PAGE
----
Next page . . . . Previous page . . . . Speeches . . . . Contents . . . . Debates(HTML) . . . .

Legislative Assembly for the ACT: 1999 Week 11 Hansard (21 October) . . Page.. 3480 ..

MR OSBORNE (continuing):

The committee has recommended that the prison accommodate all security levels of prisoners - minimum, medium and maximum; both men and women; sentenced and remand prisoners; regional prisoners, after negotiation with New South Wales; and prisoners with psychiatric conditions and significant drug abuse problems. As such, it is vital to have as much data available as possible throughout the planning and construction process.

The ACT has the lowest per capita rate of imprisonment in the country, yet has followed the general upward trend in prison population. In fact, we had the second highest increase in the imprisonment rate in Australia in the last two years, a figure I found very surprising. Concern was expressed to the committee by those who felt that building a correctional facility in the ACT would make imprisonment a more attractive sentencing option for our courts. In the current climate, I think that this will not be a particularly serious consideration. If the Government is able to provide realistic alternatives, such as home-based detention, drug rehabilitation and early intervention for juvenile offenders, we should not see a significant rise in prisoner numbers.

The ACT has the opportunity to develop a new prison culture right from the outset. Recent overseas research has shown that the most effective prison programs target factors which trigger change in the key areas of anti-social attitudes of prisoners, the lack of control which they have over critical areas of their civilian lives and substance abuse. The committee has recommended that the guiding philosophy of the prison be directed towards rehabilitation, restorative justice, and the reintegration of prisoners into society. To achieve those goals, the committee further recommended that all prisoners and detainees should have individual case management plans. These plans would set out a clear path to achieve rehabilitation based on the development of employment, education and social skills before the prisoner is released. This approach is a far cry from the old-fashioned notion of simply warehousing prisoners.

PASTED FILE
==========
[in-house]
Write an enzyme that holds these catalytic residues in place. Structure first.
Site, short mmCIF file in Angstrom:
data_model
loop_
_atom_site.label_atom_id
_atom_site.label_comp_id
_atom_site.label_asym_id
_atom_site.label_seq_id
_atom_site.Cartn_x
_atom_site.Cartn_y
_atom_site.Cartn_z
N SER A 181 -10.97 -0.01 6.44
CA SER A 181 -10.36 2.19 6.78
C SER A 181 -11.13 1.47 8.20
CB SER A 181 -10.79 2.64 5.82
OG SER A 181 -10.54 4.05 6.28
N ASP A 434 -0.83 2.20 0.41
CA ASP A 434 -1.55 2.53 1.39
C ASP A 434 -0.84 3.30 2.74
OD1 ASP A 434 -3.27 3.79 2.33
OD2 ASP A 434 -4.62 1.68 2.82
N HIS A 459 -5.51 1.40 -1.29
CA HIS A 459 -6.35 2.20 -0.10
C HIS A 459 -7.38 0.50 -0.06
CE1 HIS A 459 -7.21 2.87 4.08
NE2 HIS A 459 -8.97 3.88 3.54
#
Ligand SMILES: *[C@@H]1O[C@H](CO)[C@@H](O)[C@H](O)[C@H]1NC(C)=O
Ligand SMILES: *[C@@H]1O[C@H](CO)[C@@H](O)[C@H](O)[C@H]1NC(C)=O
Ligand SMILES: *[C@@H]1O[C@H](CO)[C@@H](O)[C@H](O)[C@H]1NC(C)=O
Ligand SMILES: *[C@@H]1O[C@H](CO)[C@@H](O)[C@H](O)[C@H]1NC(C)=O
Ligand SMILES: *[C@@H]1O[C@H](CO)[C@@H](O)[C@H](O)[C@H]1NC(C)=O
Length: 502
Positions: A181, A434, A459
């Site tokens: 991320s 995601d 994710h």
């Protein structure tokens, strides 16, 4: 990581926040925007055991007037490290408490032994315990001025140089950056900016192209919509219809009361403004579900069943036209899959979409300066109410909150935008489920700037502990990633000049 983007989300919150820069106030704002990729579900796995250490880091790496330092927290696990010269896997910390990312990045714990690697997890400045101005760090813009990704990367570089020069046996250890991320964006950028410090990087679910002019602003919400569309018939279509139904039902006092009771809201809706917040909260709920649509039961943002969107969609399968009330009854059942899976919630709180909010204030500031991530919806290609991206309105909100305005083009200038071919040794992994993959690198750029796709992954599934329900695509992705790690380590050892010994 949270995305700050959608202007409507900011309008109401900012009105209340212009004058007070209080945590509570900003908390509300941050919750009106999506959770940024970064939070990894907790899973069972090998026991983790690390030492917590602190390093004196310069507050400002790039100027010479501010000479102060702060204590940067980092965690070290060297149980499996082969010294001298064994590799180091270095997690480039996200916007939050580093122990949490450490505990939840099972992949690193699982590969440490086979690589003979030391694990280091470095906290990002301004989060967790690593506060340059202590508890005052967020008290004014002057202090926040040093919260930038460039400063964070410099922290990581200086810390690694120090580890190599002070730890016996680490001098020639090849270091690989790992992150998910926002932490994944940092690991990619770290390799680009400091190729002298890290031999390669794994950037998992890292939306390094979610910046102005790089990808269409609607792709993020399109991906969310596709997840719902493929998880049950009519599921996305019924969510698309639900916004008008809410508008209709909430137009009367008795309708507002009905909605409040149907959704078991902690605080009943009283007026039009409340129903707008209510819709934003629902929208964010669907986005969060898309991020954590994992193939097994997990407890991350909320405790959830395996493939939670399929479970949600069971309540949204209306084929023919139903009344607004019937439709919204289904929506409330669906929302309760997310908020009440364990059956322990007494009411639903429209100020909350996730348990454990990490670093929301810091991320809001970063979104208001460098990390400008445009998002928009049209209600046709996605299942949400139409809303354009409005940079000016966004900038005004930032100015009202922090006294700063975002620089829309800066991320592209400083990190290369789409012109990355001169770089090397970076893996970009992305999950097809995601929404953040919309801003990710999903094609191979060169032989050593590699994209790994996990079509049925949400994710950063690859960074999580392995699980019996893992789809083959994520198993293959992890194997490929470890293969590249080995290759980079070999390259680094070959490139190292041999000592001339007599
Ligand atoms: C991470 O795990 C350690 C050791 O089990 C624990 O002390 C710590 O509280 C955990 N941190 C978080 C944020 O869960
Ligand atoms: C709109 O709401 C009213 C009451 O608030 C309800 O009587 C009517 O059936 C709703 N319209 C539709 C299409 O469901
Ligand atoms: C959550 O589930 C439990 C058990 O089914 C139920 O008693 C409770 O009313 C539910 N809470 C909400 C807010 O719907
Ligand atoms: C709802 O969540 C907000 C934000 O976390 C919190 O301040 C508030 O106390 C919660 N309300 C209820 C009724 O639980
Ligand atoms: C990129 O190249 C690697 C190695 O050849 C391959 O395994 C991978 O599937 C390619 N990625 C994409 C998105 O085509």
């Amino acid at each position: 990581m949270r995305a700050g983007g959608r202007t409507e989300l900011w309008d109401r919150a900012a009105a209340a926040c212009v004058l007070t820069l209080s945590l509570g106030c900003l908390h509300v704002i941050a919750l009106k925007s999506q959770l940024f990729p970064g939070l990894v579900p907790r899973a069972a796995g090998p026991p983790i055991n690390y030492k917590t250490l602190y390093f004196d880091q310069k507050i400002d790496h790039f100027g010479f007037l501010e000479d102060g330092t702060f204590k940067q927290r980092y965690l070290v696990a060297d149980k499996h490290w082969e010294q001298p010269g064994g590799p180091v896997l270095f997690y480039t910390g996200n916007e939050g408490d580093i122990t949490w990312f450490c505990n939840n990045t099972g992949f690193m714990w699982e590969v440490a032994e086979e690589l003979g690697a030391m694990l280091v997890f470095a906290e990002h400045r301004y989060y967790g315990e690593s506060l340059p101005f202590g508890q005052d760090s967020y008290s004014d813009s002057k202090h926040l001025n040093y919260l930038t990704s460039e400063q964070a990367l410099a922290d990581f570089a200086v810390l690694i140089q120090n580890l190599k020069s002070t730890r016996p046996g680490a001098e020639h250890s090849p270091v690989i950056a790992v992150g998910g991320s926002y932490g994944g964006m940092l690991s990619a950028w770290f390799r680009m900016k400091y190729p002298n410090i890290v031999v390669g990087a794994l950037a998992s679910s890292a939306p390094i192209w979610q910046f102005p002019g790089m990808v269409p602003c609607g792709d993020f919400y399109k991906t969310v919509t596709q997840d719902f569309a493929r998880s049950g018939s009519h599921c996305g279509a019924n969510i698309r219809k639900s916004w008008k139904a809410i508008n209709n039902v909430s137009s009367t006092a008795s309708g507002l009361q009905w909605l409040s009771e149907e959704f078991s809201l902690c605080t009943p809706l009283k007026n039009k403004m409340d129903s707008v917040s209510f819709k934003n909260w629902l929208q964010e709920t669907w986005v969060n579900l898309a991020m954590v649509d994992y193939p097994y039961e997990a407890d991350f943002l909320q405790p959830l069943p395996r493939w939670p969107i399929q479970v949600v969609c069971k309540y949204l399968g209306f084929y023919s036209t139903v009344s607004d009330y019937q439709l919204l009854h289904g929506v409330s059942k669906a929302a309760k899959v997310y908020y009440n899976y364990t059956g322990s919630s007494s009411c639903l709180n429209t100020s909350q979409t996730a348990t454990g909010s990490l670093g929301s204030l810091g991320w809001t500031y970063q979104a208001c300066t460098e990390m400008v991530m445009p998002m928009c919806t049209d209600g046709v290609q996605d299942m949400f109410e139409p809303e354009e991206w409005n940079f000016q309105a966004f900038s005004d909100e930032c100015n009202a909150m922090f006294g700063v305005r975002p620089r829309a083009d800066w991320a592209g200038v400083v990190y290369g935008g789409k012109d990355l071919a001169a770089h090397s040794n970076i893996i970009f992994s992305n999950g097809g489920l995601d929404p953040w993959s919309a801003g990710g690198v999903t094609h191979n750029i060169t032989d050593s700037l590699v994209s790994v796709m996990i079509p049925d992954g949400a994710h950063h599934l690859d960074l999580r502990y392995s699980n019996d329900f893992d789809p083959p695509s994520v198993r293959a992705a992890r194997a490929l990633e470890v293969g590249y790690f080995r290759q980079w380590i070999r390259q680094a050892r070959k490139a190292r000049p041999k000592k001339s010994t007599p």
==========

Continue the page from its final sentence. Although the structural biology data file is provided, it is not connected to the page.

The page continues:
Whilst there are several interrelating factors as to why people are initially sent to prison, the committee believes that one of the goals for each prisoner must be to give a true sense of hope for their future. For many, that will be based largely on providing basic education and employment skills. The committee also believes that prison managers should look to developing opportunities for victim-offender reparation during the term of the offender's sentence. We believe that the effects of that would be twofold: Firstly, it would greatly assist a prisoner's reintegration into society. Secondly, it would also benefit victims as they deal with the consequences of the offence.

Other factors which were considered by the committee to be important in prisoner rehabilitation were contact with their families and educating the Canberra community with a realistic view of the majority of prisoners. Most prisoners are not dangerous, nor are they life threatening; rather they are most often people who are simply reaping the consequences of poor choices which have been made over a period.

Evidence provided to the committee has shown that the quality of prison staff is one of the most significant factors in the success of a prison. This point was further brought home to the committee through first-hand observation. A common argument put

Next page . . . . Previous page . . . . Speeches . . . . Contents . . . . Debates(HTML) . . . .